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  14. ChickenFreak

    ChickenFreak Contributor Contributor

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    Clearly, you enjoy drama and physical danger, at least in fiction. That's fine. It's not so fine when you assume that people who don't enjoy physical danger have no passion. And when you assume that your preferences are not merely your preferences, but are the "right" preferences, you're going to have trouble communicating with other people.

    If you want to be a writer, you're going to need to be able to communicate with other people, and to understand that other people have thoughts, feelings, and preferences that don't match yours.
     
  15. shadowwalker

    shadowwalker Contributor Contributor

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    Personally, I'm not bothered by people saying we should have more females of 'quality' in stories. I do get uptight when told it's my "social responsibility" to include them, or told that I have been somehow brainwashed just because my opinions differ from someone else's (kinda like telling someone they don't have the 'right' opinion).
     
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  16. GingerCoffee

    GingerCoffee Web Surfer Girl Contributor

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    So did someone tell you that?
     
  17. shadowwalker

    shadowwalker Contributor Contributor

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    There were comments to the effect that people had been so accustomed to women being in "inferior" roles that we had internalized it and that's why people didn't see the need to include women. There were also comments about "needing" to be more proactive in including women. But in every forum where this "test" has come up, those types of comments come into play, sooner or later.
     
  18. GingerCoffee

    GingerCoffee Web Surfer Girl Contributor

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    Well since you've not posted quotes I'll address that generally.

    I choose to write the female characters that reflect my own feminine feelings. I certainly don't expect anyone else to write any story or characters that don't come from their own hearts. One of the things that I'm glad is a part of my character is valuing observation. And observing how many mainstream movies don't have so much as two named females that talk to each other about something besides men was an eye opener, but at the same time consistent with my world experience.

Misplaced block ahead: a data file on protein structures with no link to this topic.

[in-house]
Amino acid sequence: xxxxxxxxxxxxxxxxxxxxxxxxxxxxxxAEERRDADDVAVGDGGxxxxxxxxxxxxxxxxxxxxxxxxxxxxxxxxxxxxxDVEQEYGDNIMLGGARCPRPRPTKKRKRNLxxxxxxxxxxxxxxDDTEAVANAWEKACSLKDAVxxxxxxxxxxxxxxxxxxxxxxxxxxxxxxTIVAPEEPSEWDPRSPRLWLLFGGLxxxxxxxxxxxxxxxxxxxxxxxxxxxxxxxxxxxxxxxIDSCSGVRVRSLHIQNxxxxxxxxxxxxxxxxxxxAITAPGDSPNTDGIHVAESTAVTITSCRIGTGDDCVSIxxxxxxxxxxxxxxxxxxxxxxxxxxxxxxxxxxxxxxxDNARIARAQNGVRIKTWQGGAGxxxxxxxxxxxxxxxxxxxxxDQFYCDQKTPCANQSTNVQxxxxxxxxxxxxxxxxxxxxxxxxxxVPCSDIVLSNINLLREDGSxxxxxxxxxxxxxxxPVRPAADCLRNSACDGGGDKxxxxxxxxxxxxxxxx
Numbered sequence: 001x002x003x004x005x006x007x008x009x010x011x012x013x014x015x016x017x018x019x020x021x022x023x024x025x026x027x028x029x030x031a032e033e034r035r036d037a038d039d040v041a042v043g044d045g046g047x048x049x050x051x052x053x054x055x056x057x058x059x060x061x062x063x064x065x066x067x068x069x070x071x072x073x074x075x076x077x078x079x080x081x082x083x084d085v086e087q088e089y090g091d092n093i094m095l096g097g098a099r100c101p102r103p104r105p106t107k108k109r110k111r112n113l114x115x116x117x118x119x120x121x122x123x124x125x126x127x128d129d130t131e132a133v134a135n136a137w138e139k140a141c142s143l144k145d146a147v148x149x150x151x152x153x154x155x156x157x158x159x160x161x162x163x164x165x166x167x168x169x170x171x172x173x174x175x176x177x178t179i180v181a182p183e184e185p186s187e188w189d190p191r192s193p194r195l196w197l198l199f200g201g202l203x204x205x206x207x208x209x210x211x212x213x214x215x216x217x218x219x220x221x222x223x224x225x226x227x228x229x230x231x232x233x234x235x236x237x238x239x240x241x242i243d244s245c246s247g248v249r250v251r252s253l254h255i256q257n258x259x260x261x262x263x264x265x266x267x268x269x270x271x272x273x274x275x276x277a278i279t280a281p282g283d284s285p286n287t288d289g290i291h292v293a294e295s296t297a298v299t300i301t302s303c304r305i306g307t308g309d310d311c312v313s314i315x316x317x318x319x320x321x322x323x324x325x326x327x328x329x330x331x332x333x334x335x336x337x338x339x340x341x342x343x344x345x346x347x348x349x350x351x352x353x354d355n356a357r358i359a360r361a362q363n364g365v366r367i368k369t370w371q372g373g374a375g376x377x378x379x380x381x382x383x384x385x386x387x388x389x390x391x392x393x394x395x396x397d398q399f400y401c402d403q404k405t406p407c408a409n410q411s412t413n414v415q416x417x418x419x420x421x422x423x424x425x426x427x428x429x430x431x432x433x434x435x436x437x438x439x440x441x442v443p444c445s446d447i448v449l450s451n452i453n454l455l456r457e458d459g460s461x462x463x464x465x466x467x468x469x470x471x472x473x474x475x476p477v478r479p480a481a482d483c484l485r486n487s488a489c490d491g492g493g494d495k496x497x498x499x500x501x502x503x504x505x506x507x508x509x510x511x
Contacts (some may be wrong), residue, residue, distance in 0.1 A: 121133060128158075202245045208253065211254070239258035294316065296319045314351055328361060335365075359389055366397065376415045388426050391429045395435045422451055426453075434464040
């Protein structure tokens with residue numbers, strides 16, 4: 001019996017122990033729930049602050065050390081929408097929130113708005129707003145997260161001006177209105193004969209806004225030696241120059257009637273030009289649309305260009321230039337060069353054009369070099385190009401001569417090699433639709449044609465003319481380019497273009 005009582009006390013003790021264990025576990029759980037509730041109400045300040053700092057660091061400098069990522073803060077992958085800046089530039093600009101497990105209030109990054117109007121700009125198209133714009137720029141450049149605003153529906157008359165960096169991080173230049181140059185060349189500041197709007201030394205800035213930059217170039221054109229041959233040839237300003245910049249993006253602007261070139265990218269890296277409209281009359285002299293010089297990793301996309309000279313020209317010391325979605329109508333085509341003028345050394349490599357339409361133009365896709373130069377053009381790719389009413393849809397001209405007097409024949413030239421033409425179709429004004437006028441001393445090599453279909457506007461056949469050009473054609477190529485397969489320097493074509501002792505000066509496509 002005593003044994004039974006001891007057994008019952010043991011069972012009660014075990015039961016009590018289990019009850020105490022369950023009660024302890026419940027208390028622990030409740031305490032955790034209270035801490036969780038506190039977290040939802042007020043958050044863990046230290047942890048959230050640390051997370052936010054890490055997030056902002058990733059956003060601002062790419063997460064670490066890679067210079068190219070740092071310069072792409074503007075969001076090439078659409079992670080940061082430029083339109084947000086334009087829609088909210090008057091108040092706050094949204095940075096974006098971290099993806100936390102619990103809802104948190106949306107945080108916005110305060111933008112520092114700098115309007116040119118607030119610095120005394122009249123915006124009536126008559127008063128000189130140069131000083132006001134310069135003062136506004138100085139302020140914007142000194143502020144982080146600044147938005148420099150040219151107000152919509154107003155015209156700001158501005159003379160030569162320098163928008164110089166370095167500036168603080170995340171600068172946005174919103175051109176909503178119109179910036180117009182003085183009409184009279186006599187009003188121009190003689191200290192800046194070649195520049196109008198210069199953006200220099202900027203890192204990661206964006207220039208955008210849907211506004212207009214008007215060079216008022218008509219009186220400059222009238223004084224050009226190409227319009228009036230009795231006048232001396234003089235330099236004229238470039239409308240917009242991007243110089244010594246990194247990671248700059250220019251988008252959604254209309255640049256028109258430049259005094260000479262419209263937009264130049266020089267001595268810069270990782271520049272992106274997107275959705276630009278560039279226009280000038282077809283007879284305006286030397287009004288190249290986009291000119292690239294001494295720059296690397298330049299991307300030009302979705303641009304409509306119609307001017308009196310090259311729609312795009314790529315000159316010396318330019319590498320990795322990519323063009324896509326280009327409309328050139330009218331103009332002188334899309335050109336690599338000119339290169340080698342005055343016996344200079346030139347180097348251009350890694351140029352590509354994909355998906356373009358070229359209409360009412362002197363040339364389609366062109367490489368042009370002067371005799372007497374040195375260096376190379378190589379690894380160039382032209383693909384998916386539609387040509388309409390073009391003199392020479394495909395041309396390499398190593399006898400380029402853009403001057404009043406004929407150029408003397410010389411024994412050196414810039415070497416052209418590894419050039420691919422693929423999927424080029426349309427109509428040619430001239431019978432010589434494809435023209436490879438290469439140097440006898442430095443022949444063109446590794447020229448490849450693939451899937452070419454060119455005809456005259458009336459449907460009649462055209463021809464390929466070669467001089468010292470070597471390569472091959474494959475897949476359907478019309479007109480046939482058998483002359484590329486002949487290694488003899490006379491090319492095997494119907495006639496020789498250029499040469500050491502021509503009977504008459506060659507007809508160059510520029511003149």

I thought others might be equally surprised at this simple observation. It's really other women I hope to awaken, not men. Not that male writers don't have a contribution to make here. How cool would that be if some of them do take notice?

    But I'm the last person to expect someone else to act. No, that's not me. I control what I write, I don't control what other people write, nor do I think it's a reasonable expectation.

    I hope to open eyes, that's all.
     
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  19. shadowwalker

    shadowwalker Contributor Contributor

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    Well, I've been "awake" for a few decades now and I still won't stick a female character - or a black one, or a gay one, or any other "one" - in just because some test by a comic strip writer says I should. Nor will I use a male character if the story is best served with a female. I'm not interested in corrupting a story just to serve some social 'cause'.

    As to your desire to "awaken" other females - coupling that with your attitude in that romance thread, you may want to look at your own views of the female gender. You may discover that other women don't need to be 'awakened' by you as much as they need to be seen as equal to you.